That's because I'm a hermit, and because I can only keep up when he's got at least 20-50 miles on his legs.
It was damned windy again on Monday; the saving grace was there was not a cloud in the sky. Having gotten blasted on the top of Buffalo Mountain on Saturday, I was hesitant to summit anything, but what the heck. We discussed it briefly and decided on Mount Silverheels, a high 13er at 13,822 feet. It's visible for miles around in the Fairplay/South Park area.
Silverheels later in the afternoon from US 285
The only downside to the day is my camera lens jammed, and I only got off a couple of snapshots of the run :\ GZ offered use of his camera, and I took a couple of shots on the top which you can see in his post (I think maybe I took a couple of those?), but frankly I was too busy running to worry much.
You see, he seems to want to run without stopping. That's crazy!
I had to commemorate the one time I got ahead of George that day. Dude's a machine:
Once you get near treeline, Silverheels gets more interesting than just dirt roads. For example, there's a grove of bristlecone pines where I'll have to come back and photo-linger some time.
Then above that, the terrain opens up into high grass meadows covering the next 2,000 feet. It's amazingly open and sculptural up there, and reminds of my tiny home hill Green Mountain in Lakewood, only it's harder to breathe :) There's a prodigious amount of red dirt, contrasting with the green of grass and flowers, which you don't notice from a distance, but was very striking in the sharp, brilliant sun of high elevations. Many different colors of rock covered the slopes, suggestive of the history of mining.
We got to the top, passing some folks with a playful retriever and a very mellow wolf hybrid (that loping gait may trigger a personal adrenaline drip if you've seen many nature films about wolves pack hunting).
After some mugging for photos and a brief rest, we started the descent, Hoka vs. Altra. I was doing OK, but it was clear GZ was more relaxed in the Hokas and their cloud-like soles. The Altras did great, but I was definitely more careful. Shoes aside, occasionally I'd spot a knife of rock sticking straight up out of the tundra near by, and be glad I'd missed it. Yikes. But the running down was generally fun, over soft dirt and grass.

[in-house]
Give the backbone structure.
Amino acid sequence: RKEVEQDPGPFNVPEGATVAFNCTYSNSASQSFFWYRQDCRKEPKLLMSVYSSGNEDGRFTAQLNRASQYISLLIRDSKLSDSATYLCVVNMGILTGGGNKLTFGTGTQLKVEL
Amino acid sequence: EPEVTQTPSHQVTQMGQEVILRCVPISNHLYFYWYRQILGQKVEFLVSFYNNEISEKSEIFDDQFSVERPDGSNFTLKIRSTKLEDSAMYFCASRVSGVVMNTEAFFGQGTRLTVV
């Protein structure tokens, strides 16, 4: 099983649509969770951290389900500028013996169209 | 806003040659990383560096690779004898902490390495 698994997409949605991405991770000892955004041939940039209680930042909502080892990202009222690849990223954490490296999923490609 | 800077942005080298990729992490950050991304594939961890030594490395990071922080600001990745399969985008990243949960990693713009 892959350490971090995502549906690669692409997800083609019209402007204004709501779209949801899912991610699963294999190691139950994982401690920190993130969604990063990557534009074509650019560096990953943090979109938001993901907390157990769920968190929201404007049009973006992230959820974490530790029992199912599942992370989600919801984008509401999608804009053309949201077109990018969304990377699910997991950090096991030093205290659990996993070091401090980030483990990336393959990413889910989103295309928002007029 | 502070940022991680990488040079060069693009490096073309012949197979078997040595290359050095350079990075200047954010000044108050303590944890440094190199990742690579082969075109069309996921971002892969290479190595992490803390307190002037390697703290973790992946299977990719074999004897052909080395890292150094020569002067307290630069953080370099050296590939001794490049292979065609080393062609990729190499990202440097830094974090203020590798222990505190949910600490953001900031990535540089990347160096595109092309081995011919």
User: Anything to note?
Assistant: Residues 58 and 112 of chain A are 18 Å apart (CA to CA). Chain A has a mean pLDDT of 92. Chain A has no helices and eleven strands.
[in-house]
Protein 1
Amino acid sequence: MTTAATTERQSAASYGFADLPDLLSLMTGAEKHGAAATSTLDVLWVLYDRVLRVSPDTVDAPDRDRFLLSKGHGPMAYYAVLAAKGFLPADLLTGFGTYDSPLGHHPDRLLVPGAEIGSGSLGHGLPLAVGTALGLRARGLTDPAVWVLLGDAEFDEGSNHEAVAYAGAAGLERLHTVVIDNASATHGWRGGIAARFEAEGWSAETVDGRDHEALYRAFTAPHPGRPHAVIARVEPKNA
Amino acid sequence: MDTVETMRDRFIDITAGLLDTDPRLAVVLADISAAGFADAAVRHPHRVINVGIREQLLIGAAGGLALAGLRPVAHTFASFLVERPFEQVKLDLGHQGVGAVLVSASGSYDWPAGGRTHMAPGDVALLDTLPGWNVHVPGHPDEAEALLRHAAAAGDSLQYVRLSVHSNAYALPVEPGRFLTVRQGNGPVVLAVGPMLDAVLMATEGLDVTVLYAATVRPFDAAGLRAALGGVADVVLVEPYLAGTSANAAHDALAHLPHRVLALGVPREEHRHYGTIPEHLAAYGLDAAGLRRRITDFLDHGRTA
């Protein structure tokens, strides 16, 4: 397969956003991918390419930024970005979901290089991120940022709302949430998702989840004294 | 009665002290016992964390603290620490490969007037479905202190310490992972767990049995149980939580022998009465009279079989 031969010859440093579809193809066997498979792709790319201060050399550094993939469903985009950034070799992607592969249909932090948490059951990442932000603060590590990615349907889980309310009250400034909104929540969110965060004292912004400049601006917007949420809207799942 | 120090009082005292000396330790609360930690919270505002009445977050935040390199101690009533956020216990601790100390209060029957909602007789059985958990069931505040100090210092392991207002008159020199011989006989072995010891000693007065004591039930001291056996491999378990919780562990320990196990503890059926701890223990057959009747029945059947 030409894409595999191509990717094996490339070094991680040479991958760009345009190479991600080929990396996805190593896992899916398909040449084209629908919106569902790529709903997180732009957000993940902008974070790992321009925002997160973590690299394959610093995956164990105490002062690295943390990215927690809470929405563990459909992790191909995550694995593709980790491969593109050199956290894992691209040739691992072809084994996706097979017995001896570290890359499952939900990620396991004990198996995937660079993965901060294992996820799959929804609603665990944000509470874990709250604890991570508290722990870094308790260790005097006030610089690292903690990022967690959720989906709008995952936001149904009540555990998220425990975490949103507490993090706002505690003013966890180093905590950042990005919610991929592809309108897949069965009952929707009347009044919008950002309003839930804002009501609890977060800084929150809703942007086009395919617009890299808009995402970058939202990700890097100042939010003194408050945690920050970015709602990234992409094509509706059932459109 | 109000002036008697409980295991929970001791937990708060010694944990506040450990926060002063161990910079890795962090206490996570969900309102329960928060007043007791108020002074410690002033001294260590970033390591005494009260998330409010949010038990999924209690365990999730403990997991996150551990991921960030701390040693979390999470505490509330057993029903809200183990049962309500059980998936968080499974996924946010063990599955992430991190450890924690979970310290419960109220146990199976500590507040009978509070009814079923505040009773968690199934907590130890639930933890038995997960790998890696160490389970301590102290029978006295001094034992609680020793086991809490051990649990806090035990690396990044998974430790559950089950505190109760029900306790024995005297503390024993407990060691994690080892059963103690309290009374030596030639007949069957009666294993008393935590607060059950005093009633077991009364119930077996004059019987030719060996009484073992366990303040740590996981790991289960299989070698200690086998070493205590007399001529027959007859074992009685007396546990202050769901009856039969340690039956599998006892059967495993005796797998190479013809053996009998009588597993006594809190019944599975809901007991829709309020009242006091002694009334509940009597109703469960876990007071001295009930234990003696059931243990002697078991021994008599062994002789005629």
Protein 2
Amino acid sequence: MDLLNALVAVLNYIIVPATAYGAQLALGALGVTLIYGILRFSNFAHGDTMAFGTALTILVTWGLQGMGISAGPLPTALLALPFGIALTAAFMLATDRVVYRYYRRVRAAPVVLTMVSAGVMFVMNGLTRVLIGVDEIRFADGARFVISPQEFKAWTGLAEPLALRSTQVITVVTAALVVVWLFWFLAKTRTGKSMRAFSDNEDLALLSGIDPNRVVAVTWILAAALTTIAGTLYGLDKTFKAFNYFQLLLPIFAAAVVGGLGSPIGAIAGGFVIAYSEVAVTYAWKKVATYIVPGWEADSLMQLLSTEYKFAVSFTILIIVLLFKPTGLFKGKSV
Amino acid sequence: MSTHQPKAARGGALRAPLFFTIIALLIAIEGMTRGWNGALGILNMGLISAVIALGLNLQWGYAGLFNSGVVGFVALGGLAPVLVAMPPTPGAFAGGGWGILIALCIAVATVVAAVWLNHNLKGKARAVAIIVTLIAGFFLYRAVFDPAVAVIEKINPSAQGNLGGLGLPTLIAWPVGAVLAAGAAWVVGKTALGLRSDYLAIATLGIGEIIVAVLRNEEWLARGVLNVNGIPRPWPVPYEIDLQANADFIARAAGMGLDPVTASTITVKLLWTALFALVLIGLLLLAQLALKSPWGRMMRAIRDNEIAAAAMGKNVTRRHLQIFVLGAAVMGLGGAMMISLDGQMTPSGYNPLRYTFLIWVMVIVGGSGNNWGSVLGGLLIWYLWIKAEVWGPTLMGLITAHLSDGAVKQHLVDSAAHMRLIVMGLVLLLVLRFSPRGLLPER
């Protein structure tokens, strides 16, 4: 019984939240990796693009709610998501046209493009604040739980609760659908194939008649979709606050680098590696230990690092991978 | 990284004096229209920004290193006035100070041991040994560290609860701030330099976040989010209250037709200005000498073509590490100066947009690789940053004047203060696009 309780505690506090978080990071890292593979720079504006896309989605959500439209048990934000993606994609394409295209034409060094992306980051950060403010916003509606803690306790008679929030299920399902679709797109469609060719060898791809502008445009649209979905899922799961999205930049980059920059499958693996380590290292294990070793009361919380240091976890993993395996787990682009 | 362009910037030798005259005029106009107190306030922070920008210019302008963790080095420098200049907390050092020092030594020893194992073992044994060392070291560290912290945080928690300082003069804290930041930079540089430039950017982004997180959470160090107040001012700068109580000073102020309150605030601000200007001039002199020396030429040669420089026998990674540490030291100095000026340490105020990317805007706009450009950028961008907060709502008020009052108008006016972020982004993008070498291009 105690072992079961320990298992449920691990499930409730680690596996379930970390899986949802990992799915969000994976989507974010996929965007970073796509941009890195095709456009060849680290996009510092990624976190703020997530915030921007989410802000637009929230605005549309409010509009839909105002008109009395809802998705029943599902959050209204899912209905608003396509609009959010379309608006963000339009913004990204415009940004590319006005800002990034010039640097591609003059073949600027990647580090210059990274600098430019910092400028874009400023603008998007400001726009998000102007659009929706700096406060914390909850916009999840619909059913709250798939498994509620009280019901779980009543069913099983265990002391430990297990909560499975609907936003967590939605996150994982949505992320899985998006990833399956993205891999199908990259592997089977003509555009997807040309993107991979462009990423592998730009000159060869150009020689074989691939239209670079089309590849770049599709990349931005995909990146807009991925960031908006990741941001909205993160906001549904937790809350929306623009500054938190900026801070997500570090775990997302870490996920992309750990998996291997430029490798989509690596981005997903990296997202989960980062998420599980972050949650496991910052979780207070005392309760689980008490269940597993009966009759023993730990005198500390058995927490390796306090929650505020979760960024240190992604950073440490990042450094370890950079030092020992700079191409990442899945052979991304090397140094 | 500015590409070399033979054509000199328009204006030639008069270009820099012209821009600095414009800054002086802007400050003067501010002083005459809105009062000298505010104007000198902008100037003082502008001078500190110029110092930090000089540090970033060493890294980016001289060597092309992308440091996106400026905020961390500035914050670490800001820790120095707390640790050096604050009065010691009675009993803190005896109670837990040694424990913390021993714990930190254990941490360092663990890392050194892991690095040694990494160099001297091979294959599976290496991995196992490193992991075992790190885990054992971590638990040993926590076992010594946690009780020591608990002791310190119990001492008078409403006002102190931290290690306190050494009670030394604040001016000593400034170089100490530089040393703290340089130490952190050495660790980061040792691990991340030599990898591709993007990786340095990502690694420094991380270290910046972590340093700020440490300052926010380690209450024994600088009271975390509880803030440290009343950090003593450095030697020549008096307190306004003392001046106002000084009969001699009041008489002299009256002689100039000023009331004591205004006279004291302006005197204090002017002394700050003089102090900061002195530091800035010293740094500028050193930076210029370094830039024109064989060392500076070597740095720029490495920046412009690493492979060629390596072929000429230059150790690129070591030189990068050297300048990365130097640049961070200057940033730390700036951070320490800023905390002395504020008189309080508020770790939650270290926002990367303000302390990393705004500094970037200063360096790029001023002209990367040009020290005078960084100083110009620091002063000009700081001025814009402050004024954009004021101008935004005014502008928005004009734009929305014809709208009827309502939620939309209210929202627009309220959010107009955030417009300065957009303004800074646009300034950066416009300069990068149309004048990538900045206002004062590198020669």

The forest roads were... meh... after being tired from hauling my bones up to 13,800 feet, and after two prior days of running up high. But we got some miles in, and had a rewarding day out.
At least as enjoyable was relaxing on the Zack family deck later in the sunshine, sampling his home brew (reminiscent of Wynkoop Silverback, sans spices) out of my Boulder 100 commemorative gift mug (which I'll have to use in a beer review some time) and just talking and chilling.
Later I stopped on Kenosha Pass as I had never set foot on that part of the CO Trail.
Mount Bierstadt (left) and Evans from the trail:
I walked for a few minutes then got back in the car and drove over for some BBQ (smoked chicken, collard greens, baked beans, cornbread) before heading home.
The run distance for Silverheels was 13.69 miles from the trailhead parking lot, time 4:28 (moving 3:37), elevation gain/loss 3,684 feet. Elevation was between 10,318 and 13,822 feet.
Weekend total: 38.28 miles, 8,629 feet of climbing, all above 9,700 feet -- a fine start to the unofficial summer season.